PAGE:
Do any kind of search on the web for SharePoint and you will find articles on SharePoint farm organization, setting up search indexing, how to set up SQL Server to run SharePoint and other technical articles on setting up SharePoint. There are thousands of complex articles out there explaining how to install and configure SharePoint effectively.
The great thing about SharePoint Online is that you don’t need to know any setup stuff – Microsoft does it for you!
Yes, I’ll repeat that. The great thing about SharePoint Online is that you don’t need to know any setup stuff – Microsoft does it for you!
If you want to set up a site for a learning project, you wouldn’t want all the hassle of setting up SharePoint on servers, but now you can just pay some money and do it in the Cloud.
And the Ugly
There are a few things which Microsoft don’t document well and which are painful.
- Migration is painful. If you have an existing SharePoint site, moving it to Office 365 is a lot less nice than you’d like. Microsoft don’t provide their own tools to do this, there are external tools which we used, which help, but it takes a long time and the migration isn’t perfect. We still have a lot of URLs within our wiki which point to documents on our old SharePoint site which we have to fix laboriously.
- You are limited in the number of email recipients you can send to. Although more an Exchange feature than a SharePoint one, there is a limit to the number of email recipients that you can send from a single mailbox; this is 500 a day on the more basic Office 365 packages and 1500 a day for enterprises. So if you want to make an announcement or send out a newsletter, you are limited to the number of people you can send it to. [Update Nov 8th: one useful workaround to this is that each distribution group in the group address list counts as just a single recipient.]
- Lists, libraries and wikis with more than 5,000 entries don’t seem to work properly. In theory, SharePoint Online can have millions of entries in a list or library, but in practice in the current release, if you have more than 5,000 you don’t seem to be able to use the library (e.g. cannot set permissions). For instance, we have a wiki library which has close to 5,000 pages and we are having to manage it and delete old pages to ensure we don’t step over the limit. Not a problem for small users, but a problem if you grow. [Update Nov 8th: if you split your library into folders, you can have libraries with more than 5,000 documents, but there is an issue that managing permissions directly in the UI seems blocked once you exceed the 5,000 limit.]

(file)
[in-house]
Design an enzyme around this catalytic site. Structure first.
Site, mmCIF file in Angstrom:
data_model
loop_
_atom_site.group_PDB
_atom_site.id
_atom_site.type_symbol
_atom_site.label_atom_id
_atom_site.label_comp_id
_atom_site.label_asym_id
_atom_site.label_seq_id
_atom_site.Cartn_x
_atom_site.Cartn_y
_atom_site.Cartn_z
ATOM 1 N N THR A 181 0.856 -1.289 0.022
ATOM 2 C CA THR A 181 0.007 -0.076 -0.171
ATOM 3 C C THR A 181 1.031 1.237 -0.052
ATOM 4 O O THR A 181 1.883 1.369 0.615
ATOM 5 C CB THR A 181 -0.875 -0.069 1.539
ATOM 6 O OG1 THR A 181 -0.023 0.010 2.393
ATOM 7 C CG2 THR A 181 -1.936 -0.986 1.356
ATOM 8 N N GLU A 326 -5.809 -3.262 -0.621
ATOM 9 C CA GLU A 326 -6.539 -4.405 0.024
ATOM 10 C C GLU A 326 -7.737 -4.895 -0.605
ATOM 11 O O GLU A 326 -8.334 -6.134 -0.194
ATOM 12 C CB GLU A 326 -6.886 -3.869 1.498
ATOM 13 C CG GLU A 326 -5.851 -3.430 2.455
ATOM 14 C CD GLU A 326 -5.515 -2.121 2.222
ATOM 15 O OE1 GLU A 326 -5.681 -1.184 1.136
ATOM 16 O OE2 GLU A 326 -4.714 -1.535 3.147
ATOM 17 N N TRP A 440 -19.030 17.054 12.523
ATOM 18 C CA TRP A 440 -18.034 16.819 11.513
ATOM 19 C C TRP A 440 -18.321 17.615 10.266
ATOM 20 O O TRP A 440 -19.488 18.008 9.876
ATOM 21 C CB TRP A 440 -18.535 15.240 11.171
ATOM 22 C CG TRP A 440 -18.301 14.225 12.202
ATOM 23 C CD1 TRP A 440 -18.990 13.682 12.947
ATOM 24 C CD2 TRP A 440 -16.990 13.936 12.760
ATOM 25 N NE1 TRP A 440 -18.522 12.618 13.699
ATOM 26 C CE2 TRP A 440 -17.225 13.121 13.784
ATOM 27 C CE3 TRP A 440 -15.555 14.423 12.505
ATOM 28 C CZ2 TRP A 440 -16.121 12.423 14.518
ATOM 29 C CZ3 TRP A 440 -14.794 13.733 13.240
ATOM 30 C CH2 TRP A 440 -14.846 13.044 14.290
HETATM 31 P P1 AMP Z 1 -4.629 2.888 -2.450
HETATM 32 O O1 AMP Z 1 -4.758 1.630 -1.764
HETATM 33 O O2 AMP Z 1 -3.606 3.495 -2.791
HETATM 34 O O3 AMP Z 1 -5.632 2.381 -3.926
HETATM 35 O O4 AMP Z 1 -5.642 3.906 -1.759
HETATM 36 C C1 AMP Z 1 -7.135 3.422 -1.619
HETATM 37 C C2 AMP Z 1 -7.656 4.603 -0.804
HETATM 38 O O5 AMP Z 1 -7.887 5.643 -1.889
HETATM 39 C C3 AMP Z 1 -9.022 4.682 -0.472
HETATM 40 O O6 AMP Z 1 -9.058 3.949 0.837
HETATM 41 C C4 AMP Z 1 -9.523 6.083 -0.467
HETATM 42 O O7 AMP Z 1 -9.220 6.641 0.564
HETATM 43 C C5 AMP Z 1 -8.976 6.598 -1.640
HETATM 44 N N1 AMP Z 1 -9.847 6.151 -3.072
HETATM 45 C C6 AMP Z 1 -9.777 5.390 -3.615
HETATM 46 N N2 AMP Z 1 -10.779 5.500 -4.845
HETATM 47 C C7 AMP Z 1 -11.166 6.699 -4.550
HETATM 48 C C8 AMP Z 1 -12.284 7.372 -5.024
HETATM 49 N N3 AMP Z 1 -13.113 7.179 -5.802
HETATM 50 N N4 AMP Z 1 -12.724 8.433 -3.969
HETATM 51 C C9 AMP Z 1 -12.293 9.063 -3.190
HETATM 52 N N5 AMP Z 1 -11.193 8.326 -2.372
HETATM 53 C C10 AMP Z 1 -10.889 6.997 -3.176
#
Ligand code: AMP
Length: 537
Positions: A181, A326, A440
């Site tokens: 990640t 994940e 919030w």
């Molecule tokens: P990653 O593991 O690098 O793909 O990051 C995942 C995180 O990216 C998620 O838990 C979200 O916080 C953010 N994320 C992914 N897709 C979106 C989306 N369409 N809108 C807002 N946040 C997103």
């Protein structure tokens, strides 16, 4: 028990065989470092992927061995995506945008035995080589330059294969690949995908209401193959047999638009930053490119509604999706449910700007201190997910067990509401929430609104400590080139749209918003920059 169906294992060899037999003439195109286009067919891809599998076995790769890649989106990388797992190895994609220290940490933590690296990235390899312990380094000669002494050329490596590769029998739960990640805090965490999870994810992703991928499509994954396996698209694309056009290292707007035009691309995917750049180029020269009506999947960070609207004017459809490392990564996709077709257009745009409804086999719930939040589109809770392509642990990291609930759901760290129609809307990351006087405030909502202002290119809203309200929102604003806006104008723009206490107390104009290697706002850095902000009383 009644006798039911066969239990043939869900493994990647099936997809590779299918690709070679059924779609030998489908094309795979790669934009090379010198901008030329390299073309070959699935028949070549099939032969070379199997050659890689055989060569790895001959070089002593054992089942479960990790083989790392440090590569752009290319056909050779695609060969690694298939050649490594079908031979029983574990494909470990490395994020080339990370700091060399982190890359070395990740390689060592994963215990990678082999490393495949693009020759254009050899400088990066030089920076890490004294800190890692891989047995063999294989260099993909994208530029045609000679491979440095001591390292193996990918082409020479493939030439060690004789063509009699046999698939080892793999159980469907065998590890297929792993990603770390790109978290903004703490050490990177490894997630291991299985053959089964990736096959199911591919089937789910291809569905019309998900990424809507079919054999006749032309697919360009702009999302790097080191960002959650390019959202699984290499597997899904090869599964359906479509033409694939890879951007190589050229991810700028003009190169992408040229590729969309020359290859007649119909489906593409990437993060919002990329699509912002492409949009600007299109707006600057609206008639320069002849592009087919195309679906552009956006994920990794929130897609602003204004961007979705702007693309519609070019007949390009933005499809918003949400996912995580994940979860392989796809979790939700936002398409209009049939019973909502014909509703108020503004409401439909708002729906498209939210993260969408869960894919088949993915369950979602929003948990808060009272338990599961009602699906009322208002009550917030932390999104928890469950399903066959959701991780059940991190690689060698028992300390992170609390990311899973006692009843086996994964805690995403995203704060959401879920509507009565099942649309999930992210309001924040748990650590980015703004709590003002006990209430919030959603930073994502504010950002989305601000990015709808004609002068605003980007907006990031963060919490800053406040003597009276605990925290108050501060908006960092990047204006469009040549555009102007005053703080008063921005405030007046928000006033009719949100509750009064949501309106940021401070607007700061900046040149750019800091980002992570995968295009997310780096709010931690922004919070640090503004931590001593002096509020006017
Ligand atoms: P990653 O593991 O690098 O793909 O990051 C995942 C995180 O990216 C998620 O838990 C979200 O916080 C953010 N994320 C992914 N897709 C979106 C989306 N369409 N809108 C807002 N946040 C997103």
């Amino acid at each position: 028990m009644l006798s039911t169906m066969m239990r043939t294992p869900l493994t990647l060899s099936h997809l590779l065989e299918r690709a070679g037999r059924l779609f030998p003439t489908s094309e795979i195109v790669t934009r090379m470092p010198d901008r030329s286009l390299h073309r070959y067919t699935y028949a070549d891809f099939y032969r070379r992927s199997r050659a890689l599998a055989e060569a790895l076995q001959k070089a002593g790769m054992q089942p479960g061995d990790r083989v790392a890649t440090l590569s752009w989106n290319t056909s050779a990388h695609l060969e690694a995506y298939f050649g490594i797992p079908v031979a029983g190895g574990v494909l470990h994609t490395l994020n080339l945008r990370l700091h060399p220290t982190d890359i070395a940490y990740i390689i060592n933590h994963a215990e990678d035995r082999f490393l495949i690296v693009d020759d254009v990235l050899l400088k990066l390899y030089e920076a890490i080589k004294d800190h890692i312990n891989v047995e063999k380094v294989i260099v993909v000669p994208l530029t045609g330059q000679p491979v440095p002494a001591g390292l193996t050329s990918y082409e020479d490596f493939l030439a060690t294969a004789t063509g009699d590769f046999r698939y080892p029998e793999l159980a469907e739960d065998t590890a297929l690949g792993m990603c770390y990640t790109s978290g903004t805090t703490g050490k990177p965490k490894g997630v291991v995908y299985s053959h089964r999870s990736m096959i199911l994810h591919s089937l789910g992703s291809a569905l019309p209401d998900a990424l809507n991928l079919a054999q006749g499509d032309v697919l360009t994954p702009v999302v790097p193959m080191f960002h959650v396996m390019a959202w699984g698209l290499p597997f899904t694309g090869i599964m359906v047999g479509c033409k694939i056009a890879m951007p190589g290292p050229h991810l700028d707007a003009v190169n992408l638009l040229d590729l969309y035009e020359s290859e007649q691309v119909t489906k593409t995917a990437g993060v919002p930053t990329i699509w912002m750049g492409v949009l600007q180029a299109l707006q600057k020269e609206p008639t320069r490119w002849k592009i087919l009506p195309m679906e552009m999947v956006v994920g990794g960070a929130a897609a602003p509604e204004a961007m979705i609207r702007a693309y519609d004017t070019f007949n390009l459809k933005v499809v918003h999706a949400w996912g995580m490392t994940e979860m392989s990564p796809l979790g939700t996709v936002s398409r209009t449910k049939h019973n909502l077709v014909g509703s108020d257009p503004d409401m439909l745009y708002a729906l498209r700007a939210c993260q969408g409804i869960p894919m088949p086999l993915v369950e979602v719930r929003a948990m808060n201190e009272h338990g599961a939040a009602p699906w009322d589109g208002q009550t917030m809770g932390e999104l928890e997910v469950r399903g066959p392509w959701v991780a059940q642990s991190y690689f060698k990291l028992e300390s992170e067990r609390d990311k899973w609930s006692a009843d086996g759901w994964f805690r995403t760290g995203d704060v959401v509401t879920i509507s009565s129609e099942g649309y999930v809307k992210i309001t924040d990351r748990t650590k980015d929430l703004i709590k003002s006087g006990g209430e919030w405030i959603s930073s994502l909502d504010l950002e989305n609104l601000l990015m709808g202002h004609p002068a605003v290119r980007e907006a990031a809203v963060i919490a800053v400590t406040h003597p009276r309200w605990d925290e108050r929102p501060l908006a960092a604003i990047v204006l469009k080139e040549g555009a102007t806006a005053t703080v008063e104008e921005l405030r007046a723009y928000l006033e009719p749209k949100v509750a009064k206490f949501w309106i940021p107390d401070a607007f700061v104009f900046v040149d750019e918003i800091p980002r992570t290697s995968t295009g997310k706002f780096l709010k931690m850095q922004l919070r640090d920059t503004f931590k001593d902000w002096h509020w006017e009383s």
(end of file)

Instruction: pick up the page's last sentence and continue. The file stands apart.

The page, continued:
- You can’t open PDFs, you have to download them before opening. Apparently due to security concerns, if you have PDFs that you want people to open on your site, they can’t click and open them directly, you have to save them on your local computer first and then view, you get a dialog like the below:
Like many others, we use PDF files extensively and this is a pain. I can’t believe it’ll be long before Microsoft change this … here’s hoping anyway.
One of the great things about a software service like Office 365 is that it can be updated at the server end and I’m sure we’ll see improvements from service updates.
If you currently run SharePoint On Premise and don’t have a lot of third party web parts, then moving to SharePoint Online seems very viable, but prepare for some effort to do the migration. If you’re looking to run a learning project online, then take a look at Office 365, particularly with assessments, it may be a viable route to set up an effective site quickly.
Feel free to comment below if you have any corrections or your own comments on SharePoint Online.